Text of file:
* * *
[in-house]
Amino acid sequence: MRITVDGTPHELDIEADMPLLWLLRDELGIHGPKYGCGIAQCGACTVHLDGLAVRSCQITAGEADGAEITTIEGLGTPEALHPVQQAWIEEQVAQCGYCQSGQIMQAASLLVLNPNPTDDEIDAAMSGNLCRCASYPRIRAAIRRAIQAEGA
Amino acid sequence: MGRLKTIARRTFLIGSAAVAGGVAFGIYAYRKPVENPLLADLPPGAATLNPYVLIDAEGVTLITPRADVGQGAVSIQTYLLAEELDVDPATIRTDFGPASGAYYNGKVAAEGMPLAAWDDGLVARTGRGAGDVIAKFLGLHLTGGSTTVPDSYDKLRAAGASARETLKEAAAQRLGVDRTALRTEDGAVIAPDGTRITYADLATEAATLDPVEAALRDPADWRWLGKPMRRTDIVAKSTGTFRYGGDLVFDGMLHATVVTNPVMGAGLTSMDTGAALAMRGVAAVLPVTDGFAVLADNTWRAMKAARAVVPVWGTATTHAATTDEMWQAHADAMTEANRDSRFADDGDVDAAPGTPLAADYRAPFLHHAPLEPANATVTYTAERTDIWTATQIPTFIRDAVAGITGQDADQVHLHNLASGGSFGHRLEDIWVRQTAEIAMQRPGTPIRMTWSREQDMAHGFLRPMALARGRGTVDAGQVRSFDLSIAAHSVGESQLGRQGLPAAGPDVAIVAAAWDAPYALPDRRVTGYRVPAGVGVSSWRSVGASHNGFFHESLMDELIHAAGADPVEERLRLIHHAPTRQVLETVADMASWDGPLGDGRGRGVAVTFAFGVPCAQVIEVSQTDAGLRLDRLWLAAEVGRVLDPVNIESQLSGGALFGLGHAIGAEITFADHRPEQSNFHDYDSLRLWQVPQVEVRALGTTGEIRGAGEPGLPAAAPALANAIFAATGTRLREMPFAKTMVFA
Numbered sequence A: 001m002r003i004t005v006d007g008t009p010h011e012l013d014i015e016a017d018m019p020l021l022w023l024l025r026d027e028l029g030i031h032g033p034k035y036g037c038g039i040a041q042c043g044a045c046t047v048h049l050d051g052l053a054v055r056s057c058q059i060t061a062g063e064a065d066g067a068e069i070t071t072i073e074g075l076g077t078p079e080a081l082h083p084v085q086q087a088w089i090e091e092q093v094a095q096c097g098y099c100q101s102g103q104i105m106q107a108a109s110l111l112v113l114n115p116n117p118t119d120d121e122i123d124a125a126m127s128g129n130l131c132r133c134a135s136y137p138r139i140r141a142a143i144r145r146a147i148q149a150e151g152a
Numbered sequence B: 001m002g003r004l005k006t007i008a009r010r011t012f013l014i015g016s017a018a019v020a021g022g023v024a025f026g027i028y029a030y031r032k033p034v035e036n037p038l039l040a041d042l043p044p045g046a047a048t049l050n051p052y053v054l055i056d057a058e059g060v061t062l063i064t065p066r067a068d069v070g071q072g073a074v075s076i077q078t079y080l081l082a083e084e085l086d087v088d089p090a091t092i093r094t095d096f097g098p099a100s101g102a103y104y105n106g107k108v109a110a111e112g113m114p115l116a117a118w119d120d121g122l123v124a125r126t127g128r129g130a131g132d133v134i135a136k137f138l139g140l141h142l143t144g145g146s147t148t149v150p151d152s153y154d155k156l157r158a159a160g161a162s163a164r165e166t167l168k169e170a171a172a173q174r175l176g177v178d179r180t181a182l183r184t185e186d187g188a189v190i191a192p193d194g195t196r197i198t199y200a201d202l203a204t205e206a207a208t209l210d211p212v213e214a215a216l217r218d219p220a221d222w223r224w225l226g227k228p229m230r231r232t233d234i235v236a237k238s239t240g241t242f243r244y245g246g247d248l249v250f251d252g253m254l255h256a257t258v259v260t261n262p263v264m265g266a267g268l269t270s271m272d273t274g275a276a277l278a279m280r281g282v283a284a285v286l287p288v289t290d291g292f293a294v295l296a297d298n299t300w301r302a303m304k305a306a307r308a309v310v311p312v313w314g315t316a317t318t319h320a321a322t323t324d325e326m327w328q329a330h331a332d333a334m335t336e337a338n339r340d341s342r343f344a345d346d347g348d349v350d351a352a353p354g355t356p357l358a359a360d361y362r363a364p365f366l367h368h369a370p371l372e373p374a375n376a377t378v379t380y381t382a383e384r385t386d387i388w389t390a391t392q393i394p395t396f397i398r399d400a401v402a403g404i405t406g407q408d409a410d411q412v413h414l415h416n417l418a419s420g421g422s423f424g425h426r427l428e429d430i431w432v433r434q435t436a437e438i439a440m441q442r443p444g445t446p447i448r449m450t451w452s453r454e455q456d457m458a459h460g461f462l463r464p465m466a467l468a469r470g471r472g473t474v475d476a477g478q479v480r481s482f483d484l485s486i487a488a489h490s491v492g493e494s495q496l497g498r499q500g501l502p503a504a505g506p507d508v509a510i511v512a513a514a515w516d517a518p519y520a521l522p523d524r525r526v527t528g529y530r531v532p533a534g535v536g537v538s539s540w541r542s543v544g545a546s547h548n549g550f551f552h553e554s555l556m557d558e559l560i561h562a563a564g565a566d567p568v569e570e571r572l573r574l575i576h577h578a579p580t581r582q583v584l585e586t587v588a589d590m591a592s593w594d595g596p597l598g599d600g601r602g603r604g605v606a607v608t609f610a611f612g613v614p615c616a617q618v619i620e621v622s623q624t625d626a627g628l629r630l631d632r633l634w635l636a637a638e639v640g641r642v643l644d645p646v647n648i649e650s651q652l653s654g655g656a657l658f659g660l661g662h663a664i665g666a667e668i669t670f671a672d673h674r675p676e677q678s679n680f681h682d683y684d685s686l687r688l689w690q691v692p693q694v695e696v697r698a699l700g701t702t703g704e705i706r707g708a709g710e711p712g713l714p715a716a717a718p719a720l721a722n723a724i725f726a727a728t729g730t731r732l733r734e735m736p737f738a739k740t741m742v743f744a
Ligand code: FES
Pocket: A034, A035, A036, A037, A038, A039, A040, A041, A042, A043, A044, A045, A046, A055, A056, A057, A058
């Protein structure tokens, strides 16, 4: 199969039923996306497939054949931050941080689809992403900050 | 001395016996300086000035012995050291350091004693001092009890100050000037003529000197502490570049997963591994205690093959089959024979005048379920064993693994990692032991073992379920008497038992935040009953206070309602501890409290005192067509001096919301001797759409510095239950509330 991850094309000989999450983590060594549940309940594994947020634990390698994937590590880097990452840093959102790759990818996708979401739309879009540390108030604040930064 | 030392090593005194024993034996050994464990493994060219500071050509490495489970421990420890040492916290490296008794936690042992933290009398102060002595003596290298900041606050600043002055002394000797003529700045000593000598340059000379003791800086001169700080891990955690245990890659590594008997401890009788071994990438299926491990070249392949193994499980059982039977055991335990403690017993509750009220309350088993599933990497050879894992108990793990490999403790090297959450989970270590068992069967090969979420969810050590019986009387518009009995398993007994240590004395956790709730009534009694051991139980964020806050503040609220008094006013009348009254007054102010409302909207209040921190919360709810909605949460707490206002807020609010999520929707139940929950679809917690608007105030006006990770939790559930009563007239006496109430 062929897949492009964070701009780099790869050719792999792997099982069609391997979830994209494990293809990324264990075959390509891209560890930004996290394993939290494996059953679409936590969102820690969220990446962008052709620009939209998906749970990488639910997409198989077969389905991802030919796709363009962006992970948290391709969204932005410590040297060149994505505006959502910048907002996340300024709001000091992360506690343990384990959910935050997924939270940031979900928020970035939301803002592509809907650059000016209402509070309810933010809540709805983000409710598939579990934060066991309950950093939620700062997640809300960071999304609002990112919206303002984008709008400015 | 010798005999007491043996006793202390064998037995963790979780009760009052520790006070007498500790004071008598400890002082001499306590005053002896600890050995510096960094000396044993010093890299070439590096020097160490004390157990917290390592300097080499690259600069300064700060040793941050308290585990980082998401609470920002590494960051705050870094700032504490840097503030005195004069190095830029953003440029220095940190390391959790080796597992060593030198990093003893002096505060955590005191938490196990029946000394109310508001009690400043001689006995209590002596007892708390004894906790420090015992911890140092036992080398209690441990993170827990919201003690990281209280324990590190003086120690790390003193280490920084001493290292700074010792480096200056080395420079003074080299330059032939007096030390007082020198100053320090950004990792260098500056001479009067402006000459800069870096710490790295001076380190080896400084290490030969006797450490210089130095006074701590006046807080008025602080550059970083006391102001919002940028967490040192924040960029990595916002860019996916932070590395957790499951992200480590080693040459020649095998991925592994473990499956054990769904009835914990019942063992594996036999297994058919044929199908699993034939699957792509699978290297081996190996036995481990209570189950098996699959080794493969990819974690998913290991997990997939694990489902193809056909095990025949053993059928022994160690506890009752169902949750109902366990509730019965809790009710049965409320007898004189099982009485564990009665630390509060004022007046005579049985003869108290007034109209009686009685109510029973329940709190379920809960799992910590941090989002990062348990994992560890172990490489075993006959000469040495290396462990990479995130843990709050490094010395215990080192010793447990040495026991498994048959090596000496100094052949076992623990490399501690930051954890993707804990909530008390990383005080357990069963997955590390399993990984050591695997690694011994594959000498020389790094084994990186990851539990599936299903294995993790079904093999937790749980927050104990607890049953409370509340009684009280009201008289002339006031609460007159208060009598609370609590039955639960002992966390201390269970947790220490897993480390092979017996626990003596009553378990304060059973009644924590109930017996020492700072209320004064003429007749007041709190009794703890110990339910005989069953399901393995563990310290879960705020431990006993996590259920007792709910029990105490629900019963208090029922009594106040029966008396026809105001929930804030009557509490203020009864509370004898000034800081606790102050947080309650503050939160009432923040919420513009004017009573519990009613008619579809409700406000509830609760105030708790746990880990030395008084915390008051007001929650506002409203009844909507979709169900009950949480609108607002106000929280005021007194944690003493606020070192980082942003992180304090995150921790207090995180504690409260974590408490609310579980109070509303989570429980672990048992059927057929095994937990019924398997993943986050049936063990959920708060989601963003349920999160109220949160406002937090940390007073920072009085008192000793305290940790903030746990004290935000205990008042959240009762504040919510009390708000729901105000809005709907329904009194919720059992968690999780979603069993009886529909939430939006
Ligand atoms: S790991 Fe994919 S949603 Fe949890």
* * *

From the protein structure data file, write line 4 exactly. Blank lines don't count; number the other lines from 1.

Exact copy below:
Numbered sequence A: 001m002r003i004t005v006d007g008t009p010h011e012l013d014i015e016a017d018m019p020l021l022w023l024l025r026d027e028l029g030i031h032g033p034k035y036g037c038g039i040a041q042c043g044a045c046t047v048h049l050d051g052l053a054v055r056s057c058q059i060t061a062g063e064a065d066g067a068e069i070t071t072i073e074g075l076g077t078p079e080a081l082h083p084v085q086q087a088w089i090e091e092q093v094a095q096c097g098y099c100q101s102g103q104i105m106q107a108a109s110l111l112v113l114n115p116n117p118t119d120d121e122i123d124a125a126m127s128g129n130l131c132r133c134a135s136y137p138r139i140r141a142a143i144r145r146a147i148q149a150e151g152a